The video chat feature that Facebook have announced in partnership with Skype is being rolled out today for millions of users. This is obviously a rolling program as we cannot yet see it yet, nor can we see the group chat facility that has been promised (more on that later).

However, having been using Google+ Hangouts avidly for the last week, we can already see a flaw in the Facebook offering. Hangouts allow, today, up to 10 people to enter a group video chat. One on one video chat in a Hangout is a simple matter by only inviting that one person!

From a business point of view, the Hangout option of up to 10 people is extremely attractive. Live webinars with 9 invitees, live focus groups with attendees from across the planet, online project collaboration between diverse teams and/or experts/consultants, share a Youtube video to highlight a point or to see what your competitors are putting online in video media, feedback from your customers, tech support through video. IN reality, the uses are endless and Facebook does not offer more than a limited spectrum of uses because of the 1 to 1 only choice.

Yes, we understand that for businesses using Facebook already, the closed space that is currently G+ means that many of your customers are not in there. Yet. But the field trial is not going to remain closed for long. And when your customers start moving to Google +, which undoubtedly they will because it is Google, then you need to be ready to make the most of it.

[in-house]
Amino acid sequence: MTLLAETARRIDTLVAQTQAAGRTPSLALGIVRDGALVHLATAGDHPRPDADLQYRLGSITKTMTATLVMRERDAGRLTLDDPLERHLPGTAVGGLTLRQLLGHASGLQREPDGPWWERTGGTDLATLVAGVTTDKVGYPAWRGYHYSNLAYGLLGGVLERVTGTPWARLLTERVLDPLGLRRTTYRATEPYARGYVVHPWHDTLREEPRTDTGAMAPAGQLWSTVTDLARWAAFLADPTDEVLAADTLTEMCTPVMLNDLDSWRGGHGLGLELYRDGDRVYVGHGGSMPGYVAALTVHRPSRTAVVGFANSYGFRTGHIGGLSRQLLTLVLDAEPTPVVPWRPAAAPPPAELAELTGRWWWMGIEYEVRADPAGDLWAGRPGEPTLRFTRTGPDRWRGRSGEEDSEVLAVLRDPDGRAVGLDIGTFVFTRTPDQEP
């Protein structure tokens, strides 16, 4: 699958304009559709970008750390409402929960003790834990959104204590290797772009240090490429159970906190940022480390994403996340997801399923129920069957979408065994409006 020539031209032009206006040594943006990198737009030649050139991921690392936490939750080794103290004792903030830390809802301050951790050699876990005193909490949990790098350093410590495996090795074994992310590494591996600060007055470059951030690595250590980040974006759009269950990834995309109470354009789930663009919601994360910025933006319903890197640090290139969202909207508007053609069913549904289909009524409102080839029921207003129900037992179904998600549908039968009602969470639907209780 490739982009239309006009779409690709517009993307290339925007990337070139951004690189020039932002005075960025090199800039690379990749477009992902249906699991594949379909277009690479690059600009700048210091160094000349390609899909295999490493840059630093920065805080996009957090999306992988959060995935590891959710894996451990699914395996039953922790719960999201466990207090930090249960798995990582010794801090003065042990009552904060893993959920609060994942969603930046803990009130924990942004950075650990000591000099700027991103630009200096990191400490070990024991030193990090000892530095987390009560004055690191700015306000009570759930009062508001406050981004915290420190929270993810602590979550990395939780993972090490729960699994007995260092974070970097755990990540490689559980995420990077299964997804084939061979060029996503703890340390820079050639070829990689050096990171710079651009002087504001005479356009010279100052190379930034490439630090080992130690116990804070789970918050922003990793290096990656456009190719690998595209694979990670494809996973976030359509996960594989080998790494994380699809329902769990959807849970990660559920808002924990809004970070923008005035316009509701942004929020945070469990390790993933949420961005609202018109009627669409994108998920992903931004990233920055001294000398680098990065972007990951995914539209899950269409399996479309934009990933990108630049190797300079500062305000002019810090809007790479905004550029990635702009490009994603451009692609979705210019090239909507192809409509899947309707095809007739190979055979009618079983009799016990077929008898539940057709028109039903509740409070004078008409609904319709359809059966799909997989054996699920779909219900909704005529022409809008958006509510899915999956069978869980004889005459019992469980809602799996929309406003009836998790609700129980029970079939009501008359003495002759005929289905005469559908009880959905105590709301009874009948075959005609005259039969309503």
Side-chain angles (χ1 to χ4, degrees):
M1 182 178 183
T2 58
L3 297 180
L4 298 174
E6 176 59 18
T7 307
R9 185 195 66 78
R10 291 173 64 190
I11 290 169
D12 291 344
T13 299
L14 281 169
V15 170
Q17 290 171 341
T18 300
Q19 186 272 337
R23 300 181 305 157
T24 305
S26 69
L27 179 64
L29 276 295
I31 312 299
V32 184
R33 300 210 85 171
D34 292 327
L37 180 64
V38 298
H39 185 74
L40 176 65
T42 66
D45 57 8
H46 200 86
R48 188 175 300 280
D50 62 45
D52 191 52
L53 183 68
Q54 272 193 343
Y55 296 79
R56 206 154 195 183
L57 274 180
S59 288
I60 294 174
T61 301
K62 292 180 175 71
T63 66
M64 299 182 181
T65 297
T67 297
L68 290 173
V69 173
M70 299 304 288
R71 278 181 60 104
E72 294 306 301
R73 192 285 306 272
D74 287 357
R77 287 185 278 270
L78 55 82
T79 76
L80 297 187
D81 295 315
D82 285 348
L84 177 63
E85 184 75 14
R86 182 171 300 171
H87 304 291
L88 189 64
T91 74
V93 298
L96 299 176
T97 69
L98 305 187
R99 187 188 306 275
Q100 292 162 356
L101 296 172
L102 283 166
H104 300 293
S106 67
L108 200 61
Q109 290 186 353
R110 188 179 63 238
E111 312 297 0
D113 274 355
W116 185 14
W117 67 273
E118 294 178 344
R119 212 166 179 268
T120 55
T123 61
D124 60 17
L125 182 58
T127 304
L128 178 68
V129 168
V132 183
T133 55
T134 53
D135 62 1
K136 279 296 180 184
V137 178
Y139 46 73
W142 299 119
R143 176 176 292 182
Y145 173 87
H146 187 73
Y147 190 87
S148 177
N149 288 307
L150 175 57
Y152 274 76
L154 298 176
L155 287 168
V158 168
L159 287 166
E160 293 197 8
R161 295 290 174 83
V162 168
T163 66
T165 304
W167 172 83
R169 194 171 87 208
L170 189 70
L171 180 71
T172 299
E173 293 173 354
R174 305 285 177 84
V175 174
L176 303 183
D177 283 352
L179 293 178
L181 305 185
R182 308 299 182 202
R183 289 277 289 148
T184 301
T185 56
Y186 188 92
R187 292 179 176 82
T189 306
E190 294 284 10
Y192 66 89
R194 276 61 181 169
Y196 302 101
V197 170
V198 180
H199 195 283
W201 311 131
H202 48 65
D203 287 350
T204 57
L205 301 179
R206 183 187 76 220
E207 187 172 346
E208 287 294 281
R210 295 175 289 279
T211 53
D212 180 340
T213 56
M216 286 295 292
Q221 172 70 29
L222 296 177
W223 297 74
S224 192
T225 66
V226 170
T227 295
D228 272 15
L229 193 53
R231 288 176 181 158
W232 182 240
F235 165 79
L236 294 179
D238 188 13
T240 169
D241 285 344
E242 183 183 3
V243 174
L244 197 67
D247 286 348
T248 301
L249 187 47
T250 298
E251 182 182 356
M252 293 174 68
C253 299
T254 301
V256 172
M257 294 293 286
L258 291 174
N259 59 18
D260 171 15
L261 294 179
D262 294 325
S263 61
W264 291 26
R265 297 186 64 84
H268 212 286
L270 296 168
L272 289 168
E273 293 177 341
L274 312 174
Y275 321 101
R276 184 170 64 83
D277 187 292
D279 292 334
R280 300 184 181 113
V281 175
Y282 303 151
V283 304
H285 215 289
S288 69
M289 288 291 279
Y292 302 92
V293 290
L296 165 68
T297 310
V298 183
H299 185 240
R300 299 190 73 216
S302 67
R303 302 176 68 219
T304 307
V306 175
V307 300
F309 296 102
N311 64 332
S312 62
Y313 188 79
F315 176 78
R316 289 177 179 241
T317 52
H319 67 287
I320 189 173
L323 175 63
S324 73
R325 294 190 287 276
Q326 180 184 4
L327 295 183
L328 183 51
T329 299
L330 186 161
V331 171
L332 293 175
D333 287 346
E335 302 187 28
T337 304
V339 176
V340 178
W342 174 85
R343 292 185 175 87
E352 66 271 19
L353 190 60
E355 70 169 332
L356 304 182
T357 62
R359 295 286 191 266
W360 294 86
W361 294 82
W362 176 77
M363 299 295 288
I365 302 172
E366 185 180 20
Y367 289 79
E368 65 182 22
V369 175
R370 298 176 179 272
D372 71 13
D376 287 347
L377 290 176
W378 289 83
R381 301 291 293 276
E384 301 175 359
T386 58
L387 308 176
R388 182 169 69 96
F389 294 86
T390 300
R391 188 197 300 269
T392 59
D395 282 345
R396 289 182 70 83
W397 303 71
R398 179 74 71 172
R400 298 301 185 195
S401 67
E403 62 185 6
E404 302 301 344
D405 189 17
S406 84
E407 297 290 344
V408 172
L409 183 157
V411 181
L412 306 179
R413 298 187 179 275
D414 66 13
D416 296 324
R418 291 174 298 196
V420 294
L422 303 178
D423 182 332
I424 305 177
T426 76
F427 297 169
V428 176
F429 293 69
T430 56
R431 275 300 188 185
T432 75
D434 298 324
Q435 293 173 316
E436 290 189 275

Google has played the canny marketing game it often does – using scarcity and hence DESIRE as a driver for adoption. However, there is a very practical reason why G+ is closed – much of it is definitely not wrinkle free yet, and whilst much is intuitive, there are features which will flummox your average home user. And those home users = customers for the businesses which generate Google’s billions. So it must work for those people before the doors are fully open.

Focusing on the positives of Facebook’s video chat, it has long been believed that video would be the ‘killer app’ on the Net and not just video content from Hollywood etc. The telephone took off when it stopped being used to transmit content in broadcast mode (songs on a Sunday as I recall was the earliest use!). When users were allowed to make their own content by talking to each other, the telephone became a ‘must have’; so the advent of sufficient bandwidth allowing video chat to be possible, (with broadband becoming more affordable and accessible) has meant that the opening of channels to allow that video content to be created have become possible.

Allowing everyone to be able to talk to anyone who they have friended on Facebook opens a huge raft of possibilities. For businesses, the most obvious use is customer services. Here is a direct line to the company you want to talk to, and you can see the person at the other end. This gives a boost in confidence to the consumer, and businesses should be rapid adopters of the opportunities this presents. Although this does mean that any company will need to have customer support staff who are comfortable using this technology and have the time to attend to video chat requests.